“Daddy, what is it like to be in love?” She has not asked me yet, but I know that day is coming. It will probably after meeting some idiot (did I really write that?) who wants to ask her on a date. I confess that I do not like him already.

One day my daughter will ask, and I will have to answer. But how will I answer? Will I give her a sentimental answer? You know the kind of stuff Disney sells. Will I evade the question by saying, “You will just know when you know?” Will I give her the hyper spiritual answer, “Just pray and God will make it clear. Might I suggest a fleece?”

Or will I give her a solid biblical answer? And if I do, where will I turn. I hope that I, like many of you, would at least give her 1 Cor. 13. Here the Bible list a number of power descriptions of love. Perhaps “descriptions” is the wrong word. Instead it is better to say a list of actions, because all of the descriptions listed are listed as verbs, which means they are lists of what love does and does not do.

So when she asks the question, I might say, “Well, the first thing you need to know is that love is patient.” That is where Paul starts (1 Cor. 13:4). But as I look at the word sitting there on the screen, I gulp. I am, after all, notoriously impatient. Just put my in a traffic jam and see. Spend some time with me when a person has the unmitigated gall to take 22 items through a line that says 20 ITEMS OR LESS.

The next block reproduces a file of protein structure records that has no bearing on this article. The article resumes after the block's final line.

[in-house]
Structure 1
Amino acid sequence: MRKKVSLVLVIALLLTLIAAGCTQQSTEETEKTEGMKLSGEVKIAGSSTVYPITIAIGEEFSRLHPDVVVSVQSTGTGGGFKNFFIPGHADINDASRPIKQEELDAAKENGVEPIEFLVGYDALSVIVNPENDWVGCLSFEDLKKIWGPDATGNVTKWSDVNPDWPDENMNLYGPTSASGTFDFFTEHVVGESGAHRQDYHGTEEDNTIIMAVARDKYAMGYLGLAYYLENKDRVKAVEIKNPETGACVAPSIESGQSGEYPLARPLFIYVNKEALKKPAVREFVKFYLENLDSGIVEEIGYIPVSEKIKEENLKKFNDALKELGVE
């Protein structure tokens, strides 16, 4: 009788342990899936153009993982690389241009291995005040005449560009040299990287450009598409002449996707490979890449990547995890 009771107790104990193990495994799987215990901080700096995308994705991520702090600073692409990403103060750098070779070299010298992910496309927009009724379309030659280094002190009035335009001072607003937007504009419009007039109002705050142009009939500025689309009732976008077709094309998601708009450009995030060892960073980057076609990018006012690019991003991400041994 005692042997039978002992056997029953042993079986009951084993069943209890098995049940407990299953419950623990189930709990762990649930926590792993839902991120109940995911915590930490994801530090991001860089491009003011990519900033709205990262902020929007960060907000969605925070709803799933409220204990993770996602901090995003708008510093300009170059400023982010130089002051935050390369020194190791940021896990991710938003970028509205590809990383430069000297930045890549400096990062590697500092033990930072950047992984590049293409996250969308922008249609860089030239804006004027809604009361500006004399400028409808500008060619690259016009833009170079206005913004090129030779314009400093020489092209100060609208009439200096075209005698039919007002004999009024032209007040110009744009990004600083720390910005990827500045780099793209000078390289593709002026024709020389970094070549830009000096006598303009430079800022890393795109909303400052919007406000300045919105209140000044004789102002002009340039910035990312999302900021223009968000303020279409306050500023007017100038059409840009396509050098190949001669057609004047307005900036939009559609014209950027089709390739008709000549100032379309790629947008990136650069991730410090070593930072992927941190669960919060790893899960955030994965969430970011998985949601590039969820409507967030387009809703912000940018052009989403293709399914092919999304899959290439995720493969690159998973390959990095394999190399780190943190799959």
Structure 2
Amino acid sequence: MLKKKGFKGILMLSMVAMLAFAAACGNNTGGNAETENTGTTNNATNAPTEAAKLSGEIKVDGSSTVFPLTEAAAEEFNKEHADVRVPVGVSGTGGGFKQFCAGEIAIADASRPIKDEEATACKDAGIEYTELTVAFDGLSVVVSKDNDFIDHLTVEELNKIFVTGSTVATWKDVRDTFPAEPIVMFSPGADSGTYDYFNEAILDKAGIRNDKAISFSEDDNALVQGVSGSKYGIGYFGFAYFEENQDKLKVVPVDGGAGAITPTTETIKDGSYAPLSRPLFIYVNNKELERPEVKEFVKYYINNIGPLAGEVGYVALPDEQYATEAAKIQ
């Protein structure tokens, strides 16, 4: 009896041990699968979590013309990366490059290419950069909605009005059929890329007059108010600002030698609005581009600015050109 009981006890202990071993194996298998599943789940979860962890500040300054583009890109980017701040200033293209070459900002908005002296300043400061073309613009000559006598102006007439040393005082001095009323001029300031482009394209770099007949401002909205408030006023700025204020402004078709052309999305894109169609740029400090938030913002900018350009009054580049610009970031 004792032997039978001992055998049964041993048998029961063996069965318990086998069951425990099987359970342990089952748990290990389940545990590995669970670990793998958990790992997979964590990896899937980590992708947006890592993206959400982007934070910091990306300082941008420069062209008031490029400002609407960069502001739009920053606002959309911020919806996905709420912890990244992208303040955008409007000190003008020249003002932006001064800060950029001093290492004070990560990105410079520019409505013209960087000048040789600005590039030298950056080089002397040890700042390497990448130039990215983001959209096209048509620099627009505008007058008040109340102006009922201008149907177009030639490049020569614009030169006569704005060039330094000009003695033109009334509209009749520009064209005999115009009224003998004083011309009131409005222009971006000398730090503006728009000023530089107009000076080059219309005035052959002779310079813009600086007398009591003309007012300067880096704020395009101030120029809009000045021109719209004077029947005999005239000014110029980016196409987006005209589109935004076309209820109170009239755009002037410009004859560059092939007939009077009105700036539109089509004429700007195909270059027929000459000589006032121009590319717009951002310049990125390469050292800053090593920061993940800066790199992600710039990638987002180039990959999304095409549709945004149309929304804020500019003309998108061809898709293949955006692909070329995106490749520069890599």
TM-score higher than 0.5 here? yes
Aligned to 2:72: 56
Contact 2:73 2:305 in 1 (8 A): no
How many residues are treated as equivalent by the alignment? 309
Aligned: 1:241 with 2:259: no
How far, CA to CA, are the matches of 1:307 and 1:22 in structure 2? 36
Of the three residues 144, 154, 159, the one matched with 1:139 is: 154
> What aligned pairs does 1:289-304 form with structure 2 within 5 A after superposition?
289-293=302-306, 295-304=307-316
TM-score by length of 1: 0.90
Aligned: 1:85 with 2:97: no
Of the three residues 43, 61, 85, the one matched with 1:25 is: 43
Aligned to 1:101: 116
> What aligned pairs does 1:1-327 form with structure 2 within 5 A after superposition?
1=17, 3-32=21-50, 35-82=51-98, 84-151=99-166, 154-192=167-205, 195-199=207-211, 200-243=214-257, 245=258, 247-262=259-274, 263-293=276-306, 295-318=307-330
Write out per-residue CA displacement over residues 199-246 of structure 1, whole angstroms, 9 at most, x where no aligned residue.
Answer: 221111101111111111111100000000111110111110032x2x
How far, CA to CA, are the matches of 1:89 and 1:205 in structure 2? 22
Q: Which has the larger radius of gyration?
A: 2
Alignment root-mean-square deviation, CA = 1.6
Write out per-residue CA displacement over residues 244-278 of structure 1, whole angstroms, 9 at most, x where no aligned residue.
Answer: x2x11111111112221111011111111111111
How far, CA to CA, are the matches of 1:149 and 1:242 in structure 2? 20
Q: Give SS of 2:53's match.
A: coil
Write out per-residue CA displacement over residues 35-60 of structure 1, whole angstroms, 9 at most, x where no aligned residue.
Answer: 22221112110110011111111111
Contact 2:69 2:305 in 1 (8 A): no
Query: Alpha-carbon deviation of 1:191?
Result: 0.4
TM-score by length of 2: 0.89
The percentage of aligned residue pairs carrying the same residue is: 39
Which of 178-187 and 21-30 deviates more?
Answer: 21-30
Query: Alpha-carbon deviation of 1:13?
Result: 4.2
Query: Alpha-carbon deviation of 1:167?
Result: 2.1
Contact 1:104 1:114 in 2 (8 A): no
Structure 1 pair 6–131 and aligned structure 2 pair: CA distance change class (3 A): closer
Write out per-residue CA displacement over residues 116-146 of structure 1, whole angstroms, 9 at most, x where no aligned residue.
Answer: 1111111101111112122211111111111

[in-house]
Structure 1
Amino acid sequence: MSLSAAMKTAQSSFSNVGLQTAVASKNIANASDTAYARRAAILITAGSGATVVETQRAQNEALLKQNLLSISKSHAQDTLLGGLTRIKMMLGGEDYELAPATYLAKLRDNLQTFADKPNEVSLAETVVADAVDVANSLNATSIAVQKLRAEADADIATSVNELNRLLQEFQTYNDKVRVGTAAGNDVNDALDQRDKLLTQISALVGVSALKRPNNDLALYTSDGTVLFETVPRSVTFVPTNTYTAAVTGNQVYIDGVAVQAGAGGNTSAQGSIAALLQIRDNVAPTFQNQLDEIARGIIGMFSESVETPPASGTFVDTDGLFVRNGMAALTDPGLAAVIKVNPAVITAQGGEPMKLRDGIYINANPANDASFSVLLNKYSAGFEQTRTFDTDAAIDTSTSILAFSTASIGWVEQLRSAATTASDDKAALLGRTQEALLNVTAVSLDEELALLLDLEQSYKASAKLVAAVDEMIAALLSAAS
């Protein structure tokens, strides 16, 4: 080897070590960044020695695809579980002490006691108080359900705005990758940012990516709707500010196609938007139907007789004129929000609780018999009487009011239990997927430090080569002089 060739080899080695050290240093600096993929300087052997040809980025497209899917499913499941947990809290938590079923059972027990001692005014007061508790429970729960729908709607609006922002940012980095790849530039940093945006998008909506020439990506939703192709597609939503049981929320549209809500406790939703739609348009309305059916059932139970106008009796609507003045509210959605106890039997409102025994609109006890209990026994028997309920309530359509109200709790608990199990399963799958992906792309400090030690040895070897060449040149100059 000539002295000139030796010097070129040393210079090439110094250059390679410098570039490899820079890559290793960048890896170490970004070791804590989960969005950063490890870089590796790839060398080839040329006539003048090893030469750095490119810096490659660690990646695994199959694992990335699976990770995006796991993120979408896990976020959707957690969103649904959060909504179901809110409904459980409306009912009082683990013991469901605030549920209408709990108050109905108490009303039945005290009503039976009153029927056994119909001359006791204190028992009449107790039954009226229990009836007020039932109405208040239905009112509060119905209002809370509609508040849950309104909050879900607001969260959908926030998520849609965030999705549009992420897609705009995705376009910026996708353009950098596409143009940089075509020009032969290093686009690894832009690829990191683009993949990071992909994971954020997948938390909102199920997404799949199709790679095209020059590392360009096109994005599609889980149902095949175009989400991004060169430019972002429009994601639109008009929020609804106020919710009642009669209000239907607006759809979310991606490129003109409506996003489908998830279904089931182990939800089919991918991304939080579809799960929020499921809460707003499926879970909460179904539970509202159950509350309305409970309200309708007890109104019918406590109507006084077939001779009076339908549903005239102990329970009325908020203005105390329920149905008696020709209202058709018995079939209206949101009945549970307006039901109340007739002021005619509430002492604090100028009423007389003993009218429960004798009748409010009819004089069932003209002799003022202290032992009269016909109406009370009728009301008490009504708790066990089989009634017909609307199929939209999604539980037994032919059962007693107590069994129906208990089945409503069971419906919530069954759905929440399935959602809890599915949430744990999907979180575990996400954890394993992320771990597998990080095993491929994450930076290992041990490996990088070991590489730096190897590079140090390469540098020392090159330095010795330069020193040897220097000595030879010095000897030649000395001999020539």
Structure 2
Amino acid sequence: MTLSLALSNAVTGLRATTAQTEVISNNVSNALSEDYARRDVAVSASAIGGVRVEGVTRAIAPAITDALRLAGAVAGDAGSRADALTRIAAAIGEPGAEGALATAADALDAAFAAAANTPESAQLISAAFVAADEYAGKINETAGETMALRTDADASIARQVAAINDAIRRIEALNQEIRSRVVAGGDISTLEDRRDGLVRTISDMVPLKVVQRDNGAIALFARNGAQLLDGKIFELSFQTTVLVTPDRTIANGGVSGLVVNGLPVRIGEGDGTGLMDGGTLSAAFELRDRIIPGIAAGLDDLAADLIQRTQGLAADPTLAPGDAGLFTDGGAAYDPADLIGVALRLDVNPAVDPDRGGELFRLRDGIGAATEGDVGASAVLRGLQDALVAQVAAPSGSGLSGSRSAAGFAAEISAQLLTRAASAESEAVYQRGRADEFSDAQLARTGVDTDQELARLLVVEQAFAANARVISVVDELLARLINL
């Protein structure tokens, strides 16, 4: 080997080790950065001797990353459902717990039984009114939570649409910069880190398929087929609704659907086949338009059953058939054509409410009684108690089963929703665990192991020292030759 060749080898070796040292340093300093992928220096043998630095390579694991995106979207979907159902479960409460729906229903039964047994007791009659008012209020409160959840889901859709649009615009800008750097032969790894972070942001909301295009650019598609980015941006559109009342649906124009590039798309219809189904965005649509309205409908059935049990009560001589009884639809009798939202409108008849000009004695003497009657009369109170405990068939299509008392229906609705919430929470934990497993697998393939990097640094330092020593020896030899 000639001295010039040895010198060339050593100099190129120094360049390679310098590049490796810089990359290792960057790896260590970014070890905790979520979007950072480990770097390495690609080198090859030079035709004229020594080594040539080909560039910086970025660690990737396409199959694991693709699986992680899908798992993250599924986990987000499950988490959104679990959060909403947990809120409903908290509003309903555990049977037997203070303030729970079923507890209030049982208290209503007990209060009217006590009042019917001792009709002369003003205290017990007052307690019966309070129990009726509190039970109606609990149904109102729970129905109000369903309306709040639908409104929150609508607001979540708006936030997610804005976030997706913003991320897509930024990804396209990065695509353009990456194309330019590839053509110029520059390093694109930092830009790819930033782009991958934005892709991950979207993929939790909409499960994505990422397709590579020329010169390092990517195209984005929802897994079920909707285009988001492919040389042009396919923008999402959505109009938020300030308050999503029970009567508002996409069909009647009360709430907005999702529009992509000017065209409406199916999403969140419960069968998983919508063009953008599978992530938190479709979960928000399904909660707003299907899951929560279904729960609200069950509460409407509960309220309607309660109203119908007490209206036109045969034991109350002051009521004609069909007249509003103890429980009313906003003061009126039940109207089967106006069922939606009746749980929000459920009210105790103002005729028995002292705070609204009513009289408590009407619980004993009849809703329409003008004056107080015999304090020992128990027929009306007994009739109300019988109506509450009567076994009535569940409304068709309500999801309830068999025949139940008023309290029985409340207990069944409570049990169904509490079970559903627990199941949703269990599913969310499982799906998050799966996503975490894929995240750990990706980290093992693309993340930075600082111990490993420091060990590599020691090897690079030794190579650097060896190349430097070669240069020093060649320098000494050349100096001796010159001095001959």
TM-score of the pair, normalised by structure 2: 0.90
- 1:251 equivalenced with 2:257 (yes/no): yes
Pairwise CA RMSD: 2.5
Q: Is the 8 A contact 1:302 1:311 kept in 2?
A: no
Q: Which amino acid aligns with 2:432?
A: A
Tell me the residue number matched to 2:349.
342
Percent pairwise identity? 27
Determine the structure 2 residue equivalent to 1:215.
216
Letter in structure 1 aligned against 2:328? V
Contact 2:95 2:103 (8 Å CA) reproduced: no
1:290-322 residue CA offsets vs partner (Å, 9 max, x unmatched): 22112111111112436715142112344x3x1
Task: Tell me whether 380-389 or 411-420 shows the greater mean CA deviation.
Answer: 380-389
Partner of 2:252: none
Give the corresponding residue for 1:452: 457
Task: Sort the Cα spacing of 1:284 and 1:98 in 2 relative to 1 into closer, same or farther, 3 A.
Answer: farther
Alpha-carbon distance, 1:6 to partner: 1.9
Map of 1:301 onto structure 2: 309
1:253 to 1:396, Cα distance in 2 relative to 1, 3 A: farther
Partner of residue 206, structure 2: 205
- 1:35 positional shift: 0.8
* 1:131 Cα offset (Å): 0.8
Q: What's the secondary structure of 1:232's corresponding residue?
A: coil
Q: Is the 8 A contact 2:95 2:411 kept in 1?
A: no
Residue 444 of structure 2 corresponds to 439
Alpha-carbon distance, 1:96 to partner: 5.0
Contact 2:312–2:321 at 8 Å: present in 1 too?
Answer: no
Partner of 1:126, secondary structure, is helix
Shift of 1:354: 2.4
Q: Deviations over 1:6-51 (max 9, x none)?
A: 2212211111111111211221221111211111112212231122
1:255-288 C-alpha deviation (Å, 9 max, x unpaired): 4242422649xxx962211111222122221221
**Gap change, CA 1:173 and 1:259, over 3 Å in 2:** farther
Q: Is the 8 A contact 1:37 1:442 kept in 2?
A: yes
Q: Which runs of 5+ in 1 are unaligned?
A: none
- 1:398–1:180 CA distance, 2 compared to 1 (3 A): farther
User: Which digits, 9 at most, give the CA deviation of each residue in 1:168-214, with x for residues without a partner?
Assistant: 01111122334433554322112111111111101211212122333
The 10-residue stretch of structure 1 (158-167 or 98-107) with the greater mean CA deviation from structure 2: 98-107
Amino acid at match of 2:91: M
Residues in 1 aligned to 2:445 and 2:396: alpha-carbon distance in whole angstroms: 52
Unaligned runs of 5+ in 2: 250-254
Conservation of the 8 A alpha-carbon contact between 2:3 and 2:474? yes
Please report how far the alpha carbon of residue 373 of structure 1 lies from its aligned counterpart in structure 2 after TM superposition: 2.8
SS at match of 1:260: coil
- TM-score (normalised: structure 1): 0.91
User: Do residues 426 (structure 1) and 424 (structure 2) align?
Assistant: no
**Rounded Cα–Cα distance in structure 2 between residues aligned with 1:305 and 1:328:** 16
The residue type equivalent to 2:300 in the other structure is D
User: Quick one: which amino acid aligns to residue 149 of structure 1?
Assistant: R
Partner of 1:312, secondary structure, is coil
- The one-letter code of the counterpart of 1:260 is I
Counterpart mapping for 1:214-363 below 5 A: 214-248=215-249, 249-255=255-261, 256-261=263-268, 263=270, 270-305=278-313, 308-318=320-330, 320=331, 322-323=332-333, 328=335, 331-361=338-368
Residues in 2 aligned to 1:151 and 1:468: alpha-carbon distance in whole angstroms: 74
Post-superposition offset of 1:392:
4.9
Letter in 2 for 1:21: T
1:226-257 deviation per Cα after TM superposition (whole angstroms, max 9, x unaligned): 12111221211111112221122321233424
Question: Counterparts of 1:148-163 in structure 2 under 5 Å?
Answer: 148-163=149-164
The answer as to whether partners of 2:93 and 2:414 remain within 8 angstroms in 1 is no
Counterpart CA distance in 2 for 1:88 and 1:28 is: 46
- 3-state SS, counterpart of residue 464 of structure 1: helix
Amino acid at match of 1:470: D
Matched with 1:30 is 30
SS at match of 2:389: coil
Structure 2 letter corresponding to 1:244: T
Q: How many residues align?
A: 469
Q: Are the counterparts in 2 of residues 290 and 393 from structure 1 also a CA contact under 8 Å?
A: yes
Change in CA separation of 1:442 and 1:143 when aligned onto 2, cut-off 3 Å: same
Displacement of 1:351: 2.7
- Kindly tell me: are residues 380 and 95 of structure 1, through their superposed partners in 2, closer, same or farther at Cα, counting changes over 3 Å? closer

Nevertheless Paul starts there. The word patient carries the idea of patience and forbearance. It points to that aspect of love that endures graciously when wronged. In this way, patience is a remarkable reflection of Christ who is always patient with us.

If you think about it, impatience is a sign of pride. I am impatient with traffic, because I have an agenda. I am impatient in line, because I want to be first. I am impatient when life is about me, but when love comes, my focus changes. When life is not about me, I am able to endure, to suffer- long, to be patient.

Following closely beside patience is kindness. Whereas patience is a more passive quality (it endures), kindness is more active. Kindness is a readiness to do good and relieve burdens. Kindness spreads grace by being tender and ready to serve. One wag describes kindness as “love in work clothes.”

Sometimes when we talk about love, we are tempted to do little more than talk about love. A biblical definition of love, however, will not stop short of action, of spreading grace, of being kind. Small acts of kindness impact lives in big ways. It is the thoughtful card, the caring call, and the readiness to help that God often uses to expresses his love through us.

If we are to be loving, we should always be humble (and thus patient) and kind. It seems that I have heard this somewhere recently. Maybe this will be way a treat the . . um. . guy . . . who will want to ask her out.

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